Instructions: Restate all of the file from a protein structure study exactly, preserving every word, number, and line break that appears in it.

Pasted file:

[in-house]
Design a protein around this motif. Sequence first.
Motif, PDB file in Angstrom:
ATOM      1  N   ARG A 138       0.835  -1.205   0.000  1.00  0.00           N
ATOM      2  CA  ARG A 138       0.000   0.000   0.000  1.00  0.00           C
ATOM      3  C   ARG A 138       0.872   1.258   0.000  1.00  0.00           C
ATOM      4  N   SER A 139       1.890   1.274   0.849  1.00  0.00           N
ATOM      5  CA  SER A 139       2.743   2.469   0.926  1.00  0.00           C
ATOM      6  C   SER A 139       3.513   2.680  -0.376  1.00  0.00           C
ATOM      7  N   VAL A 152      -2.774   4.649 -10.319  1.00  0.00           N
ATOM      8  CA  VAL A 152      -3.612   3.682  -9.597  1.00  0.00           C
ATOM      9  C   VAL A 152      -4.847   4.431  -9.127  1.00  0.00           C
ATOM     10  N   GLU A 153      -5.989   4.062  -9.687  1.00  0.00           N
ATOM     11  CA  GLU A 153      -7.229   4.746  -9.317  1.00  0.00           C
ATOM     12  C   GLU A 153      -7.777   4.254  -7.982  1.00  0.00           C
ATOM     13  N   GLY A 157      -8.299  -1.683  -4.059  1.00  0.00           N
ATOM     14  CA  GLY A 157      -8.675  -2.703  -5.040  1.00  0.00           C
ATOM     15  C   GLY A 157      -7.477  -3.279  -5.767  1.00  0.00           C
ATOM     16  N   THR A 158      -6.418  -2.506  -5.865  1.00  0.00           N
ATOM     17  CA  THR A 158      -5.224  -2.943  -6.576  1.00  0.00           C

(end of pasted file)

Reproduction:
[in-house]
Design a protein around this motif. Sequence first.
Motif, PDB file in Angstrom:
ATOM      1  N   ARG A 138       0.835  -1.205   0.000  1.00  0.00           N
ATOM      2  CA  ARG A 138       0.000   0.000   0.000  1.00  0.00           C
ATOM      3  C   ARG A 138       0.872   1.258   0.000  1.00  0.00           C
ATOM      4  N   SER A 139       1.890   1.274   0.849  1.00  0.00           N
ATOM      5  CA  SER A 139       2.743   2.469   0.926  1.00  0.00           C
ATOM      6  C   SER A 139       3.513   2.680  -0.376  1.00  0.00           C
ATOM      7  N   VAL A 152      -2.774   4.649 -10.319  1.00  0.00           N
ATOM      8  CA  VAL A 152      -3.612   3.682  -9.597  1.00  0.00           C
ATOM      9  C   VAL A 152      -4.847   4.431  -9.127  1.00  0.00           C
ATOM     10  N   GLU A 153      -5.989   4.062  -9.687  1.00  0.00           N
ATOM     11  CA  GLU A 153      -7.229   4.746  -9.317  1.00  0.00           C
ATOM     12  C   GLU A 153      -7.777   4.254  -7.982  1.00  0.00           C
ATOM     13  N   GLY A 157      -8.299  -1.683  -4.059  1.00  0.00           N
ATOM     14  CA  GLY A 157      -8.675  -2.703  -5.040  1.00  0.00           C
ATOM     15  C   GLY A 157      -7.477  -3.279  -5.767  1.00  0.00           C
ATOM     16  N   THR A 158      -6.418  -2.506  -5.865  1.00  0.00           N
ATOM     17  CA  THR A 158      -5.224  -2.943  -6.576  1.00  0.00           C